‘America, You Sexy Bitch: A Love Letter to Freedom’ by Michael Ian Black + Meghan McCain

'America, You Sexy Bitch: A Love Letter to Freedom' by Michael Ian Black + Meghan McCain

'America, You Sexy Bitch: A Love Letter to Freedom' by Michael Ian Black + Meghan McCain

I am an unabashed fan of Meghan McCain. I respect that she is a woman in the spotlight – who constantly gets burned – and still sticks to her ideals. Michael Ian Black, well, I had no idea who he was but as he was a coauthor of this book I figured I would soon find out. And I found of a lot of things while reading this book – that Meghan gets carsick, and that Michael (who is a stand-up comedian from VH1 ‘Who Loves the 80s) likes to wear linen pants and crocs.

But really, who cares. What is the point? Why am I reading this 300+ page book? Well, turns out the main goal was to take a Republican (Meghan) and a Democrat (Michael) across the United States in a dirty RV and have them dispel political party stereotypes – and in the process, perhaps unintentionally, some stereotypes about Meghan as well.

Throughout this book, Michael and Meghan are no holds barred – taking hits at each other with the honesty of siblings. For example, Michael has no qualms poking fun at Meghan’s drink of choice.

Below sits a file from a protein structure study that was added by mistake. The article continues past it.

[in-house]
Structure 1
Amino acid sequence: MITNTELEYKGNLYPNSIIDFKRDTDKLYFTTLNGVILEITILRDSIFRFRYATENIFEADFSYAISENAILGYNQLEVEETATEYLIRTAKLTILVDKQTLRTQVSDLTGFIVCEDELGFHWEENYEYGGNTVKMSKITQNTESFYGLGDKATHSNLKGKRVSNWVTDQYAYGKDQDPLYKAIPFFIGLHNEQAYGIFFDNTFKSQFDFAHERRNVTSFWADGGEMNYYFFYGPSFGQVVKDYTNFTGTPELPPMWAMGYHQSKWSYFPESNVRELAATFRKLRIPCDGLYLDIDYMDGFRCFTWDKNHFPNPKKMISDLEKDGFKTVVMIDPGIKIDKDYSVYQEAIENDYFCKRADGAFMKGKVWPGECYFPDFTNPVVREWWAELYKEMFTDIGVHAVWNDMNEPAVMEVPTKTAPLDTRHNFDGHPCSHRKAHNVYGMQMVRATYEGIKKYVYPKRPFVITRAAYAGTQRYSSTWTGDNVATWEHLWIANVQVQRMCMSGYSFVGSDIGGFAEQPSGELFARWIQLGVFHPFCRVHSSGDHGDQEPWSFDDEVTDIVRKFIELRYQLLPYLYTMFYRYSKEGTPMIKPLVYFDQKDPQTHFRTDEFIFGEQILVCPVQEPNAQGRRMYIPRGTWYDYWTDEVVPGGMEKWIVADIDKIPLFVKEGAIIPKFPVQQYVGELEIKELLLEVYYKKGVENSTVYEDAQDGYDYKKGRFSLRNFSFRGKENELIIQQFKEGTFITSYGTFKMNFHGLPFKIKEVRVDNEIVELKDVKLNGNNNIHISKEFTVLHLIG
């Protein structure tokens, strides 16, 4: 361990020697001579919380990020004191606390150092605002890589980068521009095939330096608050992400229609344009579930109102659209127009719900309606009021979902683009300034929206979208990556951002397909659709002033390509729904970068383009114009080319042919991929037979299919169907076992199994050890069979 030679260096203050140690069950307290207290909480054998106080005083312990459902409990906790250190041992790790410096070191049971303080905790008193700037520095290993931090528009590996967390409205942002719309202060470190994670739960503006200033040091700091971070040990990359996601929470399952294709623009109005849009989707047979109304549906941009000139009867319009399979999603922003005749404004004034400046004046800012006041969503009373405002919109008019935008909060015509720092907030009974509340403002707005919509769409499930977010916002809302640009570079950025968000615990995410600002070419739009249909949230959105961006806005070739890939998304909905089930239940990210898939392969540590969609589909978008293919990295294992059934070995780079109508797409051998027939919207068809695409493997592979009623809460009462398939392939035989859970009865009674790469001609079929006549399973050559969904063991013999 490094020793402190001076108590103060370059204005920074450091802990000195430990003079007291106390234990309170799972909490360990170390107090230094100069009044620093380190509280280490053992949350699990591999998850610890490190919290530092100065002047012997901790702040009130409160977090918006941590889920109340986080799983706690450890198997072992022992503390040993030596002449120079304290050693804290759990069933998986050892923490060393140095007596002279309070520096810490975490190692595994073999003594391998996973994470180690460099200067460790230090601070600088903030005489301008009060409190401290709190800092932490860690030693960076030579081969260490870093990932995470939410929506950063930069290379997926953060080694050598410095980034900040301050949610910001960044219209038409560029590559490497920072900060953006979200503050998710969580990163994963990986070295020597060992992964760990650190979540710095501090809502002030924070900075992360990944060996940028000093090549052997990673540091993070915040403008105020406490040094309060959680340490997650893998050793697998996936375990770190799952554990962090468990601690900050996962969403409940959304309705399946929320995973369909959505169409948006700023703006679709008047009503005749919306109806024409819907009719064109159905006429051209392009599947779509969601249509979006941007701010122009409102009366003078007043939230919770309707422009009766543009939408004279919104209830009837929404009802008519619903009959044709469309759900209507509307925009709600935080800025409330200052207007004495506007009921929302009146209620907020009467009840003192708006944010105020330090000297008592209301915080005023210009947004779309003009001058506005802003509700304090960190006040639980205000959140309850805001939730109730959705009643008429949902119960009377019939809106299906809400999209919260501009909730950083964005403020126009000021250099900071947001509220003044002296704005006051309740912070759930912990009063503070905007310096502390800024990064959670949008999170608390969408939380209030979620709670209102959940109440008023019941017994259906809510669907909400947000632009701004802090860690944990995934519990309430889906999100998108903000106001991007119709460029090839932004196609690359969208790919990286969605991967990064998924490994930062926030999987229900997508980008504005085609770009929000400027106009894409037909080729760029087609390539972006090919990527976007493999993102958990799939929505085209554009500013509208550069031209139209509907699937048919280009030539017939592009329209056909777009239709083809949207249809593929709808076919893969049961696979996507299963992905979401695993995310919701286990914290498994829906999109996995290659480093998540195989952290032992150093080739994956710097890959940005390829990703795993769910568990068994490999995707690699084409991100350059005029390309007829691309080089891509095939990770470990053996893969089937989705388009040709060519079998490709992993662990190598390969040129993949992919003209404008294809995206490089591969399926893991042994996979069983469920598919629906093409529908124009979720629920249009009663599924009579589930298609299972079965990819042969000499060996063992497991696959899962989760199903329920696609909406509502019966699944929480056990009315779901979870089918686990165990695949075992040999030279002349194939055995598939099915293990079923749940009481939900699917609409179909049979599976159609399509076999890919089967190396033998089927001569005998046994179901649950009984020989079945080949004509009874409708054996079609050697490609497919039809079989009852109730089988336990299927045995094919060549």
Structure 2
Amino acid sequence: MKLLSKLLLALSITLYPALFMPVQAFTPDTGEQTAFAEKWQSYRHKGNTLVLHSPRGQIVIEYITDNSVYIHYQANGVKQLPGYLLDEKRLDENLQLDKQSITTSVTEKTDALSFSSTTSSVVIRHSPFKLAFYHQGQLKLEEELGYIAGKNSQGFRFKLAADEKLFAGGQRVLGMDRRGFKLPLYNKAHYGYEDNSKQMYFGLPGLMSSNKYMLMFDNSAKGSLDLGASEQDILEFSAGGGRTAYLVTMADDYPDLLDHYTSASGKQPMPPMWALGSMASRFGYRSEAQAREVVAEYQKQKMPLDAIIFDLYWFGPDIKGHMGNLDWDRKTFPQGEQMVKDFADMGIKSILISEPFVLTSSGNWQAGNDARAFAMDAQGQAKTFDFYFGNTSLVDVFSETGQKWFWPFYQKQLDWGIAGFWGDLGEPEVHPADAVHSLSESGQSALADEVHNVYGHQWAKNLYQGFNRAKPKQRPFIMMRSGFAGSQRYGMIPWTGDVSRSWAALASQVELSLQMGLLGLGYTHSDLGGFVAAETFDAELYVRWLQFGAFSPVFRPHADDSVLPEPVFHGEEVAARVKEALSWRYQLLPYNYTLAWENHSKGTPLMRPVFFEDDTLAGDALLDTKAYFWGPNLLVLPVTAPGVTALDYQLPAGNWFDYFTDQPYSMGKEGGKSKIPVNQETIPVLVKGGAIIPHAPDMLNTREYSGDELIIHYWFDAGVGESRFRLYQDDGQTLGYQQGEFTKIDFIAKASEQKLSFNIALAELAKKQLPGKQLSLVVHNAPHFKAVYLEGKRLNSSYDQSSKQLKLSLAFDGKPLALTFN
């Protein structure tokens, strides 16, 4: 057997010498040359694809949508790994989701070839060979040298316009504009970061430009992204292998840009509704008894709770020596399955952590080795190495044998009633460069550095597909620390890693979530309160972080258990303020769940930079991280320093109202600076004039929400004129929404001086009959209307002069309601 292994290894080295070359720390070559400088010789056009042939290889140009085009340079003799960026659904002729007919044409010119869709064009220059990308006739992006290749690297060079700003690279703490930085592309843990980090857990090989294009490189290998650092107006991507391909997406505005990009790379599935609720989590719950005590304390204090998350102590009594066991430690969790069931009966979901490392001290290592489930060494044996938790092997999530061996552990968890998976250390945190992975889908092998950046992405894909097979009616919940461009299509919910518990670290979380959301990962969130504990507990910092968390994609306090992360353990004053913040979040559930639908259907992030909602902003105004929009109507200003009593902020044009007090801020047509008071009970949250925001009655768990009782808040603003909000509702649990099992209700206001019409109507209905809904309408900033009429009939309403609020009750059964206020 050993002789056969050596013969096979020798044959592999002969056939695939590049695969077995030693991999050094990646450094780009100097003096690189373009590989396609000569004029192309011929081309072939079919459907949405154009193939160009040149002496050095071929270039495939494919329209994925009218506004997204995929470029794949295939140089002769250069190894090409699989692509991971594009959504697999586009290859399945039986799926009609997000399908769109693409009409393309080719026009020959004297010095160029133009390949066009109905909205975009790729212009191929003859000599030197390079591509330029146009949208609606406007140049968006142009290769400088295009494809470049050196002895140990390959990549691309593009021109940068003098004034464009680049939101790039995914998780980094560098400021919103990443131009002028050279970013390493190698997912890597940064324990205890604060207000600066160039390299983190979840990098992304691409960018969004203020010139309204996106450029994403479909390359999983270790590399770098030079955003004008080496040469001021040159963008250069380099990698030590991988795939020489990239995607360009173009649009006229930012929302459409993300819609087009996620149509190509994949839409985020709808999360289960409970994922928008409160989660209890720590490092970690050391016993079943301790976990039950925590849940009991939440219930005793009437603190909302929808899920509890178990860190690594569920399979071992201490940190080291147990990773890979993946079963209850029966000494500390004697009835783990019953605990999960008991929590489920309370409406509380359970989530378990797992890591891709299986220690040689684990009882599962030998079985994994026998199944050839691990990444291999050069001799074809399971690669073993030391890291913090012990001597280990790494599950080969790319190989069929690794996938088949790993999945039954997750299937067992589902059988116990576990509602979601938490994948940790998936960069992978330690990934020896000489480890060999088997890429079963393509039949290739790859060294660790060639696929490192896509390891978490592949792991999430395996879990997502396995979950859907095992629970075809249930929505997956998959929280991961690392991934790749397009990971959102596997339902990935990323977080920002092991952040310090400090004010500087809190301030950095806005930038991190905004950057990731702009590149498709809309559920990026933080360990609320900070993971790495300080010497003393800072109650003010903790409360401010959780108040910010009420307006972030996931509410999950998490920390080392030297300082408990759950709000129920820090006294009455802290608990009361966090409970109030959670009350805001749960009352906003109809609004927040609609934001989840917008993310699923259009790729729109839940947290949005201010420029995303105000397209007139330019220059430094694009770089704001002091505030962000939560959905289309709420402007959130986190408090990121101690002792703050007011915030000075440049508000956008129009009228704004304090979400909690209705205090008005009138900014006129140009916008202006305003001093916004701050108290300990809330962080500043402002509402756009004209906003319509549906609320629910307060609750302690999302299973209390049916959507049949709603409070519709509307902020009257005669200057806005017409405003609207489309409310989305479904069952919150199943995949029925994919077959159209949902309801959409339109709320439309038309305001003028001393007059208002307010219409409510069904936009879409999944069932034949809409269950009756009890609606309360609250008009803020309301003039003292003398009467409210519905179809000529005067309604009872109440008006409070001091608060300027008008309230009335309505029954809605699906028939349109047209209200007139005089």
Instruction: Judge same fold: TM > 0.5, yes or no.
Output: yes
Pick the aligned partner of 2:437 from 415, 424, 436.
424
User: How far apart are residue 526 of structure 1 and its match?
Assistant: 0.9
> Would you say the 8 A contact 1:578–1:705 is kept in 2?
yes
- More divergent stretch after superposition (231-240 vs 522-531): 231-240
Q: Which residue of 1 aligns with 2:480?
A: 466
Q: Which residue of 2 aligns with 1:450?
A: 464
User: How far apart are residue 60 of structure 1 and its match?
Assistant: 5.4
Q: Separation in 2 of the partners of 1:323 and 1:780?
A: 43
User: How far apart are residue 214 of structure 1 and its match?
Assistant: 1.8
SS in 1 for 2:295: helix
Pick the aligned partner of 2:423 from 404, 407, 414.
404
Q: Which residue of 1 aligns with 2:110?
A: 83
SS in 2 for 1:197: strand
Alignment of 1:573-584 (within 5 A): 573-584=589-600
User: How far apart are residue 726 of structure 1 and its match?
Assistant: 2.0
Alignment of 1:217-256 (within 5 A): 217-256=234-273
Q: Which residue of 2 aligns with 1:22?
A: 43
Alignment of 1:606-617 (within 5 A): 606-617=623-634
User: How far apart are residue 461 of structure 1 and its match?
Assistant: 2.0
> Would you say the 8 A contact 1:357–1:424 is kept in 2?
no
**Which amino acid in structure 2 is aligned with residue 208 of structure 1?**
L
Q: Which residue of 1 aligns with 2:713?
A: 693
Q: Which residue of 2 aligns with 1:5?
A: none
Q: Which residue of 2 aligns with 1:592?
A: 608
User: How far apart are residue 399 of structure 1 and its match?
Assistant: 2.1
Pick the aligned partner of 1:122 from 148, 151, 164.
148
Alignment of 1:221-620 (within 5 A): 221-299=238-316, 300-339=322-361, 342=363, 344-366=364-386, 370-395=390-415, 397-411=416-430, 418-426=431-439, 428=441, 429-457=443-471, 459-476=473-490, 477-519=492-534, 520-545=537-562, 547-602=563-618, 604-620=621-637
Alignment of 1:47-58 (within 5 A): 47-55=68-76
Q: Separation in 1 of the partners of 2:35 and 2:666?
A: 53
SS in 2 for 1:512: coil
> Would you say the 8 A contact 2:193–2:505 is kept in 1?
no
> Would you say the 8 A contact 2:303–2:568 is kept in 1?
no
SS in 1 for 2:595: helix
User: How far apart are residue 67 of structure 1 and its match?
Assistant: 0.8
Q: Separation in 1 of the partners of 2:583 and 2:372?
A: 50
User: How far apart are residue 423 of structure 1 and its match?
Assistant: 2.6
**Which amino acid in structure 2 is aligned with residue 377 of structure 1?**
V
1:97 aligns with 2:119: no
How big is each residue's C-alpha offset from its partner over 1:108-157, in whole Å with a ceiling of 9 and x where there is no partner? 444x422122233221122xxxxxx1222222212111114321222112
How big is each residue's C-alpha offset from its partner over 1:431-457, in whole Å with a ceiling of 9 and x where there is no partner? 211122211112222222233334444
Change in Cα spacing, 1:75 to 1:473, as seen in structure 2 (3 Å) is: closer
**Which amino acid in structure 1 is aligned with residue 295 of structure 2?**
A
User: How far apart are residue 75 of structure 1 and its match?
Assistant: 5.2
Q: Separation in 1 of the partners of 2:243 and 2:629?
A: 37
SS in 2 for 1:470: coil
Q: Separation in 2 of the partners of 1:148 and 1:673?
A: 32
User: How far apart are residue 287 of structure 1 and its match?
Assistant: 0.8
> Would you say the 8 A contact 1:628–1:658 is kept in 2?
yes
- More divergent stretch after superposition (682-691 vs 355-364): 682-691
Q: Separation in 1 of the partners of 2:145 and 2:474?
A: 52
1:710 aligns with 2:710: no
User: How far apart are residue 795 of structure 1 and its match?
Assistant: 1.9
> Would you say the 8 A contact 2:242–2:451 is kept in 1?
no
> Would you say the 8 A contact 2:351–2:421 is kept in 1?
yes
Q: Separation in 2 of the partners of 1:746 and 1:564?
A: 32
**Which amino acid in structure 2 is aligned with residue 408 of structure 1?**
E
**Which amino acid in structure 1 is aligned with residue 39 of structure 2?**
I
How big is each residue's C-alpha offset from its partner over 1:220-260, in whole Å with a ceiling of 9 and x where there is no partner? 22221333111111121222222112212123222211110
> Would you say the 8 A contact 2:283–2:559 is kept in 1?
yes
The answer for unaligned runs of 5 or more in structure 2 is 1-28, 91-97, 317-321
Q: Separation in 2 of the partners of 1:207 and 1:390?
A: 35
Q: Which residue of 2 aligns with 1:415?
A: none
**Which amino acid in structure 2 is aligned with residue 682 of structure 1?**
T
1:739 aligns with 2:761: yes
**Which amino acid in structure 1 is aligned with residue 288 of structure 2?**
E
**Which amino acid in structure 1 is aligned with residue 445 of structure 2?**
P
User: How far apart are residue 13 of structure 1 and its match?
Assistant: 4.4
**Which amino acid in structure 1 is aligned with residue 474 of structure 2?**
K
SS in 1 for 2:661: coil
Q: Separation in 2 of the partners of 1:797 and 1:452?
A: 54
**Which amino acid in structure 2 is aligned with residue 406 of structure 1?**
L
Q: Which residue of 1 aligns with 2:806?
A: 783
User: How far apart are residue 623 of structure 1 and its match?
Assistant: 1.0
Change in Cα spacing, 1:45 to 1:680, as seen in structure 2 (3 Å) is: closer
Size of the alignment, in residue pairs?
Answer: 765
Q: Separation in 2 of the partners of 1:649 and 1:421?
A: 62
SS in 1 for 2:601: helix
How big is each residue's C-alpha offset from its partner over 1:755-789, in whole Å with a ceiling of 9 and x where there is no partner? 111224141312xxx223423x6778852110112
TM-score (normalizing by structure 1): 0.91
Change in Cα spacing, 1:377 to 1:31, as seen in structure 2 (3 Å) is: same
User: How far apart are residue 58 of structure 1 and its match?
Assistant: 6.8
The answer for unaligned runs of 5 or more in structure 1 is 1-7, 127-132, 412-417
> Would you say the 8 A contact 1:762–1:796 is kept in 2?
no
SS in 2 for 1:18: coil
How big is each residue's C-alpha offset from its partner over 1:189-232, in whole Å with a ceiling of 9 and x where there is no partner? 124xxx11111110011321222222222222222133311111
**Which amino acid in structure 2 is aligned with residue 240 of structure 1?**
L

‘Meghan only drinks it [Bud Light] because she has some family allegiance to the brand. She is the one who gets me into the stuff and I have to say, if you’re only going to drink one watery kind of shitty beer that will get you buzzed, Bud Light is definitely the way to go. I love it.’

And when the odd couple talks politics they do so with hilarious honesty. For instance, Black compares the political scene to mediocre pizza.

‘Any company that wants my patronage has to provide a better product than the other guy … I think of it like this: Pizza hut makes a better pizza than Domino’s, but they’re both pretty shitty pizzas. Well, what if Pizza Hut and Domino’s were the only two pizza places in the whole country? That would be awful, and that awfulness pretty much describes our political system right now.’

And while Michael’s character is more dark and doomsday oriented, Meghan’s constant stream of optimism is both adorably reassuring and, at times, utterly annoying – but always completely honest.

‘In reality, it is people like Glen [a friend they met in New Orleans] who should run for higher office: people who know the ins and outs of their city and the people who live in it and maintain a palpable sense of pride for it.’

I enjoyed this political tome. It was funny. It was honest. It was filled with interesting characters who weren’t afraid to say what they felt. This book didn’t feel like it had been edited down by a snooty PR executive looking to turn everything his clients say into vanilla mush, so that was definitely a plus. Another plus, the book was edited down to a palpable and enjoyable read rather than a long, never-ending politico rant. And while this book didn’t change my political mindset, it did offer me a different side to the great American political story and encouraged me to be a little more understanding to different ideals. Like RV driver and resident ‘gumdrop’ Cousin John says:

‘ You can’t stop a freight train, and my freight train is a freight train of love and understanding’

Salon Summary

RECOMMENDABILITY: 3 {out of 5} stars  |  ★★★☆☆
REPETITIVE READABILITY: 1 {out of 5} stars  |  ★☆☆☆☆
RATING: 4 {out of 5} stars  |  ★★★★☆